Mother

By Stephen Blahut on Mar 28, 2014

Set in WWII Ukraine under the Nazi occupation, Mother recounts a widowed woman’s struggle for survival with her two children while remaining hidden within the confines of an old barn. Iryna Zhygalyuk (MFA Film) thoughtfully directs this harrowing tale which draws influence from the Soviet works of director Larisa Shepitko’s The Ascent (1977) and Andrei Tarkovsky’s Ivan’s Childhood (1962) The film stars New York based actors Yelena Shmulenson, Stella Stark, and Zenon...

Architecture Embodies – The Meet and Greet

By on Mar 26, 2014

The environment around us shapes us, just as we shape it. We are not given a blank slate on which to build our houses, cities, and communities. Much is beyond our control. Often our own needs and desires conflict with those of other people and compete with one another. This constitutes an imperfect landscape on which to build, a foundation to which we adapt in order to build off of. When I first arrived in Athens, I was struck by the cobbled together aesthetic of much of its architecture. These structures and the necessities that shaped them express a kind of poetry, for if you take the time to read them, buildings tell stories. I am particularly interested in the ways in which the built environment reflects those moments where needs, resources, and circumstances merge into tactics. The traces left by these moments are inscribed on the physical landscape as well as our individual and...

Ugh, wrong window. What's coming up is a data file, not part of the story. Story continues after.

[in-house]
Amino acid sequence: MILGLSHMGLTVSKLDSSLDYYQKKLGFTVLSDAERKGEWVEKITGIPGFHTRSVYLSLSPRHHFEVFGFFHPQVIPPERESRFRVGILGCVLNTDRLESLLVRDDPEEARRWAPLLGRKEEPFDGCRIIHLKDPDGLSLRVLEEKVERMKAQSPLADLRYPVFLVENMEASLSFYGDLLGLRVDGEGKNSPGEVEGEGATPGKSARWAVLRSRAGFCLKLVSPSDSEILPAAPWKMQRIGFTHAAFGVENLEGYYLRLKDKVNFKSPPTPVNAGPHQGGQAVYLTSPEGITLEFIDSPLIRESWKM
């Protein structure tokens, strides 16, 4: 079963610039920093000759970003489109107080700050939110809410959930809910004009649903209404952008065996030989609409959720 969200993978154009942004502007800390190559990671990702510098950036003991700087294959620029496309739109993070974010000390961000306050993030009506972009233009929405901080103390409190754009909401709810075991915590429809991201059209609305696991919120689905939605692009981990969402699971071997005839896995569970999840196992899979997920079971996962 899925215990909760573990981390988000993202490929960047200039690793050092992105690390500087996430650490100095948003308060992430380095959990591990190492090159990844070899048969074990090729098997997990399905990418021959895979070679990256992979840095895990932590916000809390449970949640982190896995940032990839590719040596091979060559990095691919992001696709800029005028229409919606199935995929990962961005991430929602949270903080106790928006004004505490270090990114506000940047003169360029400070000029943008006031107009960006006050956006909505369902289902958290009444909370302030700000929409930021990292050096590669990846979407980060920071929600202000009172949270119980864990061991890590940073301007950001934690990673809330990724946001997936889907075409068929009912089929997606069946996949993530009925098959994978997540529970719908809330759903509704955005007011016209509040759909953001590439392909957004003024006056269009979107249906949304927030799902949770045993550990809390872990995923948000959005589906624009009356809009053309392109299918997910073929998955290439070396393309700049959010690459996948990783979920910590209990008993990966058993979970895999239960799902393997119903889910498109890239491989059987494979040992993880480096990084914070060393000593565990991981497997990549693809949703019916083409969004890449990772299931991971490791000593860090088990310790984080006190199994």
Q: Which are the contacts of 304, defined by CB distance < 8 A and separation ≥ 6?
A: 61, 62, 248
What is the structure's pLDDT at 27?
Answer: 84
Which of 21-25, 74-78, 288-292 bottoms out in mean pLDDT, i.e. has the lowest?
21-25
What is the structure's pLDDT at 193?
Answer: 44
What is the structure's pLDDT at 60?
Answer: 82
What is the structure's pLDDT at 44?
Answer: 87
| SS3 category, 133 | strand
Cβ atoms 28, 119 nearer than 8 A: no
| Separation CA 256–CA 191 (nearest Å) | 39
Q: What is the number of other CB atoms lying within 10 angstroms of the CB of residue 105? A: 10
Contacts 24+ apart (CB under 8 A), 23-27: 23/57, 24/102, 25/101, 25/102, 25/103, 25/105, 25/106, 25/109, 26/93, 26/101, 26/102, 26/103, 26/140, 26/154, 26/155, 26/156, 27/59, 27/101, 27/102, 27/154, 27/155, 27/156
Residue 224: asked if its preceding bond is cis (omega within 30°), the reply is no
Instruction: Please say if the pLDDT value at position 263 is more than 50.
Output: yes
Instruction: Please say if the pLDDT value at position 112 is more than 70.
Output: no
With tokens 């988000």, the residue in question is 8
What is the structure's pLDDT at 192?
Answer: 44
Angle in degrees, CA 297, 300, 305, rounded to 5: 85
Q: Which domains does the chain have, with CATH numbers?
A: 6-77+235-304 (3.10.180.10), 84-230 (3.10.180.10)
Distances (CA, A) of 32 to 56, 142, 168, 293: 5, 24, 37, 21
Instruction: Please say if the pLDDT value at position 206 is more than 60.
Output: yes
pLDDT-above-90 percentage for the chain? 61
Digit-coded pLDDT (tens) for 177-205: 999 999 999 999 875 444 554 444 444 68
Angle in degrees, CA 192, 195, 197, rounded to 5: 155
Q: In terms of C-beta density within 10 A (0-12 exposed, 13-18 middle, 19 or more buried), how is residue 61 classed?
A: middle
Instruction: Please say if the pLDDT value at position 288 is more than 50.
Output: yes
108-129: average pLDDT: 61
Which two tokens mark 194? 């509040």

It’s All About the Barn

By The Dairy Barn Arts Center on Mar 25, 2014

A historical, interactive exhibition that celebrated the Dairy Barn’s 100th birthday, “It’s All About the Barn” featured a physical timeline that spanned 1914 through to 2014. This exhibition showcased the history of the Dairy Barn, it’s relationship to the Athens State Hospital, and being saved from near destruction to become the non-profit arts organization it is today. Far from a typical art exhibition, this show featured information in photography, video, audio, digital projection, analog projection, and physical representation. For more information visit: www.dairybarn.org